Digiday Research: Publishers and marketers need to collaborate to fix transparency issues

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This research is based on unique data collected from our proprietary audience of publisher, agency, brand and tech insiders. It’s available to Digiday+ members. More from the series →

Top publishers, brands and agencies from across Europe gathered for Digiday’s Programmatic Summit in Wicklow, Ireland, in April. Major topics like transparency, how to reap the benefits of header bidding, and the challenge of finding the right talent were among the core themes discussed by attendees throughout the summit.

A few data points:

With the summit held just weeks after the YouTube advertiser boycott, topics like brand safety and transparency of ad distribution, as well as fee structures, were front of mind for all attendees. Satisfaction with the transparency of programmatic-buying processes was patchy, at best. Only 4 percent of delegates said they were very satisfied with transparency in programmatic trading, with 13 percent saying they were satisfied. Just over 40 percent said they weren’t satisfied, and the remaining 40 percent said they were somewhat satisfied.

Publishers, agencies, brands and ad tech vendors spoke about how to fix the transparency problem and rebuild trust, at working group sessions throughout the summit. The core theme of the discussions was how to collaborate. “If the agencies work with the clients and have a united front, the more you can have open communication about vendors you have and the more powerful and aligned you can be together,” said one marketing executive.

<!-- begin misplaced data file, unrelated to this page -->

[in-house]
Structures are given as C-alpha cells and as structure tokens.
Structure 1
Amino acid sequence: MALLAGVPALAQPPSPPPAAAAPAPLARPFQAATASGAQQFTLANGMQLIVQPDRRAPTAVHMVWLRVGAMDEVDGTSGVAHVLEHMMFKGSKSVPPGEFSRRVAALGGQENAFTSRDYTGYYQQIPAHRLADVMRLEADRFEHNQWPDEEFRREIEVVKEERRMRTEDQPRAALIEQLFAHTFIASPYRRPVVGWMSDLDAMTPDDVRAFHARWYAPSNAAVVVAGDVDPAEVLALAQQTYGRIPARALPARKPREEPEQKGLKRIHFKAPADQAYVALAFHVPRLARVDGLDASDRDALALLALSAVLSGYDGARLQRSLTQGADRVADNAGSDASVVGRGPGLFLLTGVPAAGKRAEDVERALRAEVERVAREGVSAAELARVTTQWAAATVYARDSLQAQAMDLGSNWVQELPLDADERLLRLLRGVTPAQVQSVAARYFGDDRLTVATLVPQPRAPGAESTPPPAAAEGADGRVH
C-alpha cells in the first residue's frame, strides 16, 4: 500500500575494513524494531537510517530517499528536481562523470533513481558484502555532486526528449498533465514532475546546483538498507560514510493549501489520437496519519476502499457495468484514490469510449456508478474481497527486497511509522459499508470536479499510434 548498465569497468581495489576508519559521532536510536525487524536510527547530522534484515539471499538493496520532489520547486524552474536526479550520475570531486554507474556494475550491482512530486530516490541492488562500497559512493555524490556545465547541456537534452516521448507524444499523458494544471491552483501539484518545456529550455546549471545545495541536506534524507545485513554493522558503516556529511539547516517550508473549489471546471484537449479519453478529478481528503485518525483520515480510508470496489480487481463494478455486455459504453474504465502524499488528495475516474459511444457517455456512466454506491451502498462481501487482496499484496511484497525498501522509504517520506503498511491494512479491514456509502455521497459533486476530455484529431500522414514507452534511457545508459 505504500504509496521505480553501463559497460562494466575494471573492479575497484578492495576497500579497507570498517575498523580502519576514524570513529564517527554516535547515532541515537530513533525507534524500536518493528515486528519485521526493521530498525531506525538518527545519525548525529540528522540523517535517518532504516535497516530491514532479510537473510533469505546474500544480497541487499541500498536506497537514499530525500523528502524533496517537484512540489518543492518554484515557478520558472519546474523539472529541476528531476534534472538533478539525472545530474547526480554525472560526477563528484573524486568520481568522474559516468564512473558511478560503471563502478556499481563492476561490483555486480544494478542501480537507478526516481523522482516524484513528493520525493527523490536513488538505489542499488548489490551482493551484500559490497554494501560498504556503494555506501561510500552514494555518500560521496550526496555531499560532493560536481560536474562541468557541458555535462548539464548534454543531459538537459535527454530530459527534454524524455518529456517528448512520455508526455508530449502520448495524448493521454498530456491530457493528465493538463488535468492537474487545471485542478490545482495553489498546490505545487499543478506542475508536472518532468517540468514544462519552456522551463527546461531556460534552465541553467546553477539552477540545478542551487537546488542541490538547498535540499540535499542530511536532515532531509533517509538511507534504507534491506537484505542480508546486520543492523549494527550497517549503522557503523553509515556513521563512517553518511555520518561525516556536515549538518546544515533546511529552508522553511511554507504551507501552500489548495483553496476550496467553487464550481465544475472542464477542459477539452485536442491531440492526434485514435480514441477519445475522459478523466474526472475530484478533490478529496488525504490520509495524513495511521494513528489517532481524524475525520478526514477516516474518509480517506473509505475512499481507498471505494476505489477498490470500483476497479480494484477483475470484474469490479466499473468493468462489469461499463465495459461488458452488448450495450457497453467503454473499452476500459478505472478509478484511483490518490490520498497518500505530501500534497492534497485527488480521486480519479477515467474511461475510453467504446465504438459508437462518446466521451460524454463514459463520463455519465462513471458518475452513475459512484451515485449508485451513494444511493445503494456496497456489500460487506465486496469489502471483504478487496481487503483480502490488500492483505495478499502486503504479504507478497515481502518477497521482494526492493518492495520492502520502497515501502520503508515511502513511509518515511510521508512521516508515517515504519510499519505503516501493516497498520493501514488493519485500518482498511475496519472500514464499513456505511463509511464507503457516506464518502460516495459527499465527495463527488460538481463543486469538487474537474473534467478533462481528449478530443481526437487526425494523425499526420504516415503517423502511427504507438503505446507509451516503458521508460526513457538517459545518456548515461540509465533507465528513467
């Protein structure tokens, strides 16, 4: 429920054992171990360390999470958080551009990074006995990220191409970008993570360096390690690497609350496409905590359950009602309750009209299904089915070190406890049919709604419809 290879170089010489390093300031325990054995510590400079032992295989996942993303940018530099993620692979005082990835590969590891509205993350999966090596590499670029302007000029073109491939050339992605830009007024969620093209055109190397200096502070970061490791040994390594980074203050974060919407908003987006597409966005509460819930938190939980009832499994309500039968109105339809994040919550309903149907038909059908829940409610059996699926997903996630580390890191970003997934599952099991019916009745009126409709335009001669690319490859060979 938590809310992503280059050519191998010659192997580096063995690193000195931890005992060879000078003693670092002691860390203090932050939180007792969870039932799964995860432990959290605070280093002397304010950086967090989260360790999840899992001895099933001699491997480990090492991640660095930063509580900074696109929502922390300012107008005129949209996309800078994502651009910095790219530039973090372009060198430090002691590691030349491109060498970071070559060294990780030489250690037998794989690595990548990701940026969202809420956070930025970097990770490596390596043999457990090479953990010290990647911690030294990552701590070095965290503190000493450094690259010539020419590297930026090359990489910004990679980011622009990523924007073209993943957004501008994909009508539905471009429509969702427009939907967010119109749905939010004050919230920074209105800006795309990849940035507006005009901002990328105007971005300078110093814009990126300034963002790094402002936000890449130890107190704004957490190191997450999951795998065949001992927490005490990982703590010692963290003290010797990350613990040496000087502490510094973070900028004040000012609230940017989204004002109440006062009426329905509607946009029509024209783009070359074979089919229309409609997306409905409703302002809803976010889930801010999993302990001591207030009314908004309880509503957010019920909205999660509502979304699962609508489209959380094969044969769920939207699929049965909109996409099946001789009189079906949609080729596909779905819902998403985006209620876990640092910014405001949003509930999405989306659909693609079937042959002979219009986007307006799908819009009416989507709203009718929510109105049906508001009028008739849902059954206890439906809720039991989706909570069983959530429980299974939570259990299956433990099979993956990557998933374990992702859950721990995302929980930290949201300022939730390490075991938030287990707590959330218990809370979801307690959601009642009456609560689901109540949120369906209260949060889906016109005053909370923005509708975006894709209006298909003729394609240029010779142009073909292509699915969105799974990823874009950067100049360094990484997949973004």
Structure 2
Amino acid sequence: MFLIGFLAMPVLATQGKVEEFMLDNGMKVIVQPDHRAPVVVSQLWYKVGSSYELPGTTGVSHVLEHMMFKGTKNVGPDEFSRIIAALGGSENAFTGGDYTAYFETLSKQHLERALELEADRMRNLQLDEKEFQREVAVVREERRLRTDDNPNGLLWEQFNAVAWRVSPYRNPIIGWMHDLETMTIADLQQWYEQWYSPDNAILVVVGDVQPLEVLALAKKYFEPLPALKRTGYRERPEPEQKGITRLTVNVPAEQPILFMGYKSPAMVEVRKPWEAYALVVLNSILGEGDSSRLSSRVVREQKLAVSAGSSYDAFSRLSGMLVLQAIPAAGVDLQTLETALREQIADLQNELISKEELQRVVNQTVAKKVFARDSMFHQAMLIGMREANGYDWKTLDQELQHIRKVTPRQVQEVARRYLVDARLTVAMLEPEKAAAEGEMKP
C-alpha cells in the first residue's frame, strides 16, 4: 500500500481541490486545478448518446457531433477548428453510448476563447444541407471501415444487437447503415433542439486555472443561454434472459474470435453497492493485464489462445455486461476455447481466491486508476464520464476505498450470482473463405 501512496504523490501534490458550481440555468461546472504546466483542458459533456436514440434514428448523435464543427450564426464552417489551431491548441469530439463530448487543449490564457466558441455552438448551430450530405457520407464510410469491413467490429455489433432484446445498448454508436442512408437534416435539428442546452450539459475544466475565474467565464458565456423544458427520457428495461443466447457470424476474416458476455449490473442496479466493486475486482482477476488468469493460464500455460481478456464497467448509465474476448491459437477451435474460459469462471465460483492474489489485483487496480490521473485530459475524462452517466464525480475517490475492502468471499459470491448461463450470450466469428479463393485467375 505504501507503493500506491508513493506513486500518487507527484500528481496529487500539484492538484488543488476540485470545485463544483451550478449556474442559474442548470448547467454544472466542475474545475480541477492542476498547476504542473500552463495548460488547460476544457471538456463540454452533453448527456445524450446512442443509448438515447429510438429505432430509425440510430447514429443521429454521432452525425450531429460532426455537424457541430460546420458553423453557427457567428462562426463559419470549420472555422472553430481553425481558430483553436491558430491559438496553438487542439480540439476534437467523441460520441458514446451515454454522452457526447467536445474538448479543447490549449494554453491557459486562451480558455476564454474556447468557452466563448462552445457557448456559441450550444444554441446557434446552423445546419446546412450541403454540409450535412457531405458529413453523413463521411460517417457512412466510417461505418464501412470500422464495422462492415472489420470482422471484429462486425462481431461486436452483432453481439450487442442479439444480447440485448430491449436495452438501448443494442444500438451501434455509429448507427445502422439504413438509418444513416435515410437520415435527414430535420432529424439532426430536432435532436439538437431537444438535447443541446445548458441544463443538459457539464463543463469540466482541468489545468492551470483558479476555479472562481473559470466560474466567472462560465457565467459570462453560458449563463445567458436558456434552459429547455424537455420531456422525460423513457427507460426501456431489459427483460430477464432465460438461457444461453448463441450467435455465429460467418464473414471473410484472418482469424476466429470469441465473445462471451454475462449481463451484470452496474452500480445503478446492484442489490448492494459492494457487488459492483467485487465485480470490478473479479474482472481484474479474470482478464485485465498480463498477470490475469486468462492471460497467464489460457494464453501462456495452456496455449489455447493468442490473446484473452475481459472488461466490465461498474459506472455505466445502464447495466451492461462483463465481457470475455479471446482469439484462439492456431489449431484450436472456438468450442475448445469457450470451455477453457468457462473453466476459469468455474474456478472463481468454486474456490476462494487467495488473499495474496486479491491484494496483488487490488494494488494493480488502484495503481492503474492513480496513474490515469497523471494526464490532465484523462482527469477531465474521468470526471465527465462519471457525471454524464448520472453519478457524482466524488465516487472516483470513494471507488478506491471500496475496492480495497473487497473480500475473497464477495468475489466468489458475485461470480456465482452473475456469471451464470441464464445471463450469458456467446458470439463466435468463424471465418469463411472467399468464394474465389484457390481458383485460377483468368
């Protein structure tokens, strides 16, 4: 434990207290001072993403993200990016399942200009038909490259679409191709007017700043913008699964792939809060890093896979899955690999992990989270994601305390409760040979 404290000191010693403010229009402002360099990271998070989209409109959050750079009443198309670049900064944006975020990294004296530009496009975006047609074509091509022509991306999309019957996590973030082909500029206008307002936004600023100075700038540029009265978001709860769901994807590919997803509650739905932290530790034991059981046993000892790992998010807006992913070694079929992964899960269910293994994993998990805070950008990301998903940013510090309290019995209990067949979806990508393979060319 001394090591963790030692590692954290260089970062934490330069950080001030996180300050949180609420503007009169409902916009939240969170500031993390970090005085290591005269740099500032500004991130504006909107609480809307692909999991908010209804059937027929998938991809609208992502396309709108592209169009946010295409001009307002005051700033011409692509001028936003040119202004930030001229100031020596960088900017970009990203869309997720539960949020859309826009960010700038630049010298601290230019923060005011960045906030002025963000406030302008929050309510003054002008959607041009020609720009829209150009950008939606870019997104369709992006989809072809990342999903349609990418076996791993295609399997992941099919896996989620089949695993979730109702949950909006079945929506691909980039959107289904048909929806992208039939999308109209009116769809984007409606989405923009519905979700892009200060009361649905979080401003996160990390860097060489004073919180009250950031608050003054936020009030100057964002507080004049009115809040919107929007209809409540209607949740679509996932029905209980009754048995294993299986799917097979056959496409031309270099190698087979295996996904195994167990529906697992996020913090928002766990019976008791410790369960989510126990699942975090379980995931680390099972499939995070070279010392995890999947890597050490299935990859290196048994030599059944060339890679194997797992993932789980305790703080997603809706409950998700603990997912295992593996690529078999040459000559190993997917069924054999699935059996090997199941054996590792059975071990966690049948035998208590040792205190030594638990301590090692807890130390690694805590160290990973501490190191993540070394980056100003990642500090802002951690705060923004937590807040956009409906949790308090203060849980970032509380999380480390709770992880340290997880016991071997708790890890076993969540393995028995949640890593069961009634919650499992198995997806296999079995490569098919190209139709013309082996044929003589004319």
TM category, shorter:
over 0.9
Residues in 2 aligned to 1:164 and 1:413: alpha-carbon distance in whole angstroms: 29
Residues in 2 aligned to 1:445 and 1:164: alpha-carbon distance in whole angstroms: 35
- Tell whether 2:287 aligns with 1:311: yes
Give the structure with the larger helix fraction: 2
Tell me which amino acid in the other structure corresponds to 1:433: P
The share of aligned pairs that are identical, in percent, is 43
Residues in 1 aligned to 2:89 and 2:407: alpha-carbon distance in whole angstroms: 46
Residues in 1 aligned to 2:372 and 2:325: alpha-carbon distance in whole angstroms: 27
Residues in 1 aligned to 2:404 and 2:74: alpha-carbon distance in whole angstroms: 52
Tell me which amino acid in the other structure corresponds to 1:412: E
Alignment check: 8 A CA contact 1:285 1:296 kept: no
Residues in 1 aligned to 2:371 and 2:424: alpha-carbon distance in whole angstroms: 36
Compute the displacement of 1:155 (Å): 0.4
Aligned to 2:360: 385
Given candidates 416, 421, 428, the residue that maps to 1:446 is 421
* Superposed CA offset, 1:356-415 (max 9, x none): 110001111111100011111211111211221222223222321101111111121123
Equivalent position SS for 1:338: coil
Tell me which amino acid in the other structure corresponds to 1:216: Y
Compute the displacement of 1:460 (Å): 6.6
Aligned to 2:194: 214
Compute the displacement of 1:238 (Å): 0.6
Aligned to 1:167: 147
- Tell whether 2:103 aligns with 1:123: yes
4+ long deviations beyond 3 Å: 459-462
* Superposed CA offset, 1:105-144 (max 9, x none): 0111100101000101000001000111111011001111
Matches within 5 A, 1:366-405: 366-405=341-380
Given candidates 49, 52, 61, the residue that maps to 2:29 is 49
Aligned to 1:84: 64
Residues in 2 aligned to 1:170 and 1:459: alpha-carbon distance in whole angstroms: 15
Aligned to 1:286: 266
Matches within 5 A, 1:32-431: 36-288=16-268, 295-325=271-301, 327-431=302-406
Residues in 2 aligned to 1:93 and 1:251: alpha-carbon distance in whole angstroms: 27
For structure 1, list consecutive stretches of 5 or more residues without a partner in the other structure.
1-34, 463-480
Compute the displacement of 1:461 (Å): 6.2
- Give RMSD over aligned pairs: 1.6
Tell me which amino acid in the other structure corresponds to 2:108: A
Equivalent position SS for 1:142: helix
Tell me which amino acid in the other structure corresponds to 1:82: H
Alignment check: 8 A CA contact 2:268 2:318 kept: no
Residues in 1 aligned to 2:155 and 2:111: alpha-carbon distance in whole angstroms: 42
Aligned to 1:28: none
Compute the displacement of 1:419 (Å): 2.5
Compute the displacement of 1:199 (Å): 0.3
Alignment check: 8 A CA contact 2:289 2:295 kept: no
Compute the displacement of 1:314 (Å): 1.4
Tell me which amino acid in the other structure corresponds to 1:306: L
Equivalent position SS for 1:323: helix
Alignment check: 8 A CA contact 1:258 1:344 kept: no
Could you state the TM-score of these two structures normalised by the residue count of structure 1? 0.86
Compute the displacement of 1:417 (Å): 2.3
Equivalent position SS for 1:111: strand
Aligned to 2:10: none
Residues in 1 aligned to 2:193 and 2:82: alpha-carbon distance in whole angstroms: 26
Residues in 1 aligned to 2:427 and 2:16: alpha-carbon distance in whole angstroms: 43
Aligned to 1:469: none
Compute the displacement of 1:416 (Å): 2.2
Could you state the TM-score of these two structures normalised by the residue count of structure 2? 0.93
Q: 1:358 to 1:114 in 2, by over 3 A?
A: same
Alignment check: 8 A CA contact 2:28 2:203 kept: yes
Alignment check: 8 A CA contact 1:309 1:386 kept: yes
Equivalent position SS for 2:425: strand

Server-side bidding
How to get the most benefit from using header bidding was a major talking point. But it’s not a method all publishers favor, largely because the more demand partners are plugged in to a publisher’s wrapper in the browser, the higher the risk of page-latency issues: the stuff of nightmares for publishers. So, server-side bidding, regarded as the evolution of header bidding, generated more air time. The prime difference between the methods is that server-side takes the burden of ad calls out of the publisher’s header or browser and onto a third-party server. Goodbye, latency headaches.

When asked what the biggest advantage server-side bidding can offer, more than half of publishers said reducing latency. That was deemed far more important than server-side’s other big advantage: the ability to scale demand partners, with 6 percent of publishers citing that as the best advantage. Higher CPMs were picked by 17 percent of those present, and 9 percent selected higher yields and more access to inventory.

What was also clear is that server-side bidding has taken off almost at the same speed as header bidding, with more than half of publisher attendees saying they have either already integrated a server-side solution or worked with a partner that has used it.

Mobile in-app
The same techniques that have worked so well for growing display programmatic haven’t ever translated that well to the cookie-less mobile environment. But mobile in-app programmatic targeting was identified as the biggest challenge, as well as the most untapped opportunity for both publishers and marketers.

In-house challenges 
Finding the right programmatic talent has never been harder. For publishers, that’s largely because the kind of skill sets needed now are a hybrid of data science and analytics aptitude mixed with commercial acumen. On the marketer side, the cost of recruiting the best programmatic talent is an ongoing challenge. One marketer in attendance said: “Programmatic specialists come at such a premium because of the talent gap, so it is the major ad tech companies swallowing the talent, and it isn’t in their interest to be transparent.”

So it was no surprise that 42 percent of publishers and marketers listed recruiting the right talent as their biggest challenge when building in-house programmatic propositions. Thirty-one percent said that the technology costs of bringing programmatic in-house were prohibitive, and 27 percent noted that managing third parties was their biggest challenge.


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